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COVID-19 vaccine interchangeability, phase-III J&J trials to be discussed at expert panel meet

The subject expert committee will also take up the application for the clinical trials for Phase II and III of Biological E’s COVID-19 vaccine for the pediatric population.

July 29, 2021 / 05:52 PM IST
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Important discussions regarding coronavirus vaccines are on the table, as the Subject Expert Committee (SEC) of the Central Drugs Standard Control Organisation (CDSCO) is scheduled to meet on July 29.  The committee will be discussing the interchangeability of COVID-19 vaccine doses and the final phase of trials of Johnson & Johnson’s single-dose jabs, reported News 18.

The expert panel will review the interchangeability protocol of Bharat Biotech's Covaxin and Serum Instititues' Covishiled- the two major vaccines being administered currently. There have been discussions around the supposed increased efficiency of mixing two different vaccines as the coronavirus continues to mutate and evolve.

The application of ‘interchangeability’ or mixing study protocol of the two vaccines has been moved by CMC Vellore.

The discussion on this becomes more prominent, as only a month ago German Chancellor Angela Merkel received two different vaccines. She was first administered AstraZeneca, following which her second jab was the Moderna Vaccine.

Several medical studies are underway to determine if the process could boost immunity or make a difference in common post-vaccination symptoms.

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COVID-19 Vaccine

Frequently Asked Questions

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How does a vaccine work?

A vaccine works by mimicking a natural infection. A vaccine not only induces immune response to protect people from any future COVID-19 infection, but also helps quickly build herd immunity to put an end to the pandemic. Herd immunity occurs when a sufficient percentage of a population becomes immune to a disease, making the spread of disease from person to person unlikely. The good news is that SARS-CoV-2 virus has been fairly stable, which increases the viability of a vaccine.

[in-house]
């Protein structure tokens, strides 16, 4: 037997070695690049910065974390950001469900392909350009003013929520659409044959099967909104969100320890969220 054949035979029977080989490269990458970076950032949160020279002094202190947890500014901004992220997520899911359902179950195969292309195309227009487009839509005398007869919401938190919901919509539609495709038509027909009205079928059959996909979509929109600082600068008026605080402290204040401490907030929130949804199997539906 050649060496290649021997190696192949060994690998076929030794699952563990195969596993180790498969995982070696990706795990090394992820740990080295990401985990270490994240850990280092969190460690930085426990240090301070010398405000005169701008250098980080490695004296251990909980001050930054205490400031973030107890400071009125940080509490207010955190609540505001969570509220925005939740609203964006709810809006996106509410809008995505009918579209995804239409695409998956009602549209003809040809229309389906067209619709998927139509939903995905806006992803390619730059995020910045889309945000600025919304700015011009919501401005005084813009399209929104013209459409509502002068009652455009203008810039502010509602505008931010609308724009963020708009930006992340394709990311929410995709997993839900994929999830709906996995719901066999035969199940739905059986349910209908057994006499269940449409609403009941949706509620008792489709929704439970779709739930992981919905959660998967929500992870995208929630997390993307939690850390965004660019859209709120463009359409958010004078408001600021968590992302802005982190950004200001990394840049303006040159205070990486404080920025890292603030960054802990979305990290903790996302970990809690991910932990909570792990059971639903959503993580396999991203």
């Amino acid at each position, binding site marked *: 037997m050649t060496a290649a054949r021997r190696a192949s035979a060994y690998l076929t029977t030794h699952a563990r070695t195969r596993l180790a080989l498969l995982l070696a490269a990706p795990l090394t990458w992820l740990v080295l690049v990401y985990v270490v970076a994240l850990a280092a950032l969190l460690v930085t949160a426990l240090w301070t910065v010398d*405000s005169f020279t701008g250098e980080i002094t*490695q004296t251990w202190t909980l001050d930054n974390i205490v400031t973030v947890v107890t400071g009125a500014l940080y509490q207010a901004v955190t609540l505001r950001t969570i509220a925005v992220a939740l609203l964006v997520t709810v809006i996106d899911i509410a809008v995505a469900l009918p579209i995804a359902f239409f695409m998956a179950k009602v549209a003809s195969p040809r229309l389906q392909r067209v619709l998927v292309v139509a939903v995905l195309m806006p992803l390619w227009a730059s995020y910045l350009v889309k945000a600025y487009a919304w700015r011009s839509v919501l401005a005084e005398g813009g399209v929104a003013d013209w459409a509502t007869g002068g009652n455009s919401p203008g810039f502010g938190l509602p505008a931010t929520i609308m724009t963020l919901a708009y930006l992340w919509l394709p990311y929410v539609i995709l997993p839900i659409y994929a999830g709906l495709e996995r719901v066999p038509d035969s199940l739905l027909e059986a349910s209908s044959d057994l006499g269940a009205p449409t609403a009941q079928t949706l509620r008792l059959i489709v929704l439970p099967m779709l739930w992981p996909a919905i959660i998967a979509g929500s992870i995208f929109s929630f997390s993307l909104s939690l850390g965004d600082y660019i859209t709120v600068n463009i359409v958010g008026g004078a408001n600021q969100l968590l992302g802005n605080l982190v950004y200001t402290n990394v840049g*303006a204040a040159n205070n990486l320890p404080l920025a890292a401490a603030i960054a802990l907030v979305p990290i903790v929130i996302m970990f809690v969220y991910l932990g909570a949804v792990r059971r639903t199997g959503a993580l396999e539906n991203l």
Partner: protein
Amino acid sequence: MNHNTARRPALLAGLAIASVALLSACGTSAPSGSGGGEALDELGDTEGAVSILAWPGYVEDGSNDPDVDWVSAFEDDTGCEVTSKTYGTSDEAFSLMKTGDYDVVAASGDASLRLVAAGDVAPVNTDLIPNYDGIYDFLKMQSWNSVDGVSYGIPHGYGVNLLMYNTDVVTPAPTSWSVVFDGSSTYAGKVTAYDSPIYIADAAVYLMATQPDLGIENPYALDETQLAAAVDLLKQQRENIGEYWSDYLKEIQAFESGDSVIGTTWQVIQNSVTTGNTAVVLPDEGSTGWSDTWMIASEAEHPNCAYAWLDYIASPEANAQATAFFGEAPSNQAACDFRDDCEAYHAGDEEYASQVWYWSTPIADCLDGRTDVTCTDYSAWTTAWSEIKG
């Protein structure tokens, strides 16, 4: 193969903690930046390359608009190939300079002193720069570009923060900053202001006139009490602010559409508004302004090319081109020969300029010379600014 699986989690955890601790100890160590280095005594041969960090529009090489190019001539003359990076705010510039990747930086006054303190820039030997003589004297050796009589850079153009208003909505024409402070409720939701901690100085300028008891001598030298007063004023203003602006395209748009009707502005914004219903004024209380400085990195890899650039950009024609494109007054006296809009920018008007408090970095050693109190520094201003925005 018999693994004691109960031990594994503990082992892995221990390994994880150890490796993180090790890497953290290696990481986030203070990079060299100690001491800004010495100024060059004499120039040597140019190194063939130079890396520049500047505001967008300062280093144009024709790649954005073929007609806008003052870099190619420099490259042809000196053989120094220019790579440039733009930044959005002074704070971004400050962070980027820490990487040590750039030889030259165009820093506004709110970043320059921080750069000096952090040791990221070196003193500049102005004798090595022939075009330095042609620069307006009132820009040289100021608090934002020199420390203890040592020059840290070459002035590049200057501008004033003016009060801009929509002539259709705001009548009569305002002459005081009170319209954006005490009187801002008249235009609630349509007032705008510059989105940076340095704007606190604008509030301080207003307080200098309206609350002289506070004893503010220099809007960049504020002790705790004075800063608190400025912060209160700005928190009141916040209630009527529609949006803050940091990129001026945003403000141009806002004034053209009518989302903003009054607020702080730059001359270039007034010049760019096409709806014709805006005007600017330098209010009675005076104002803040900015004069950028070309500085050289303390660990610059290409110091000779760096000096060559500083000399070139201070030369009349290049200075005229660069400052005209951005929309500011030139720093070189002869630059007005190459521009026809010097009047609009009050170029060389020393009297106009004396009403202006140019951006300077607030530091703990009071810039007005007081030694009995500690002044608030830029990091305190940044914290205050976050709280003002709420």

How many types of vaccines are there?

There are broadly four types of vaccine — one, a vaccine based on the whole virus (this could be either inactivated, or an attenuated [weakened] virus vaccine); two, a non-replicating viral vector vaccine that uses a benign virus as vector that carries the antigen of SARS-CoV; three, nucleic-acid vaccines that have genetic material like DNA and RNA of antigens like spike protein given to a person, helping human cells decode genetic material and produce the vaccine; and four, protein subunit vaccine wherein the recombinant proteins of SARS-COV-2 along with an adjuvant (booster) is given as a vaccine.

What does it take to develop a vaccine of this kind?

Vaccine development is a long, complex process. Unlike drugs that are given to people with a diseased, vaccines are given to healthy people and also vulnerable sections such as children, pregnant women and the elderly. So rigorous tests are compulsory. History says that the fastest time it took to develop a vaccine is five years, but it usually takes double or sometimes triple that time.

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The committee will also discuss the application of Phase III clinical trials of Jannsen-Johnson and Johnson’s single-dose COVID-19 vaccine. Earlier this month, on July 2, Johnson & Johnson said that its single-shot vaccine has generated a strong and persistent activity against the Delta variant of the virus.

The SEC will also take up the application for the clinical trials for Phase II & III of Biological E’s COVID-19 vaccine for the pediatric population.

The application for interchangeability study protocol of Bharat Biotech’s Covaxin and Adenoviral Intranasal COVID-19 vaccine BBV154 by Bharat Biotech will also be presented to the expert group​, sources told News18.
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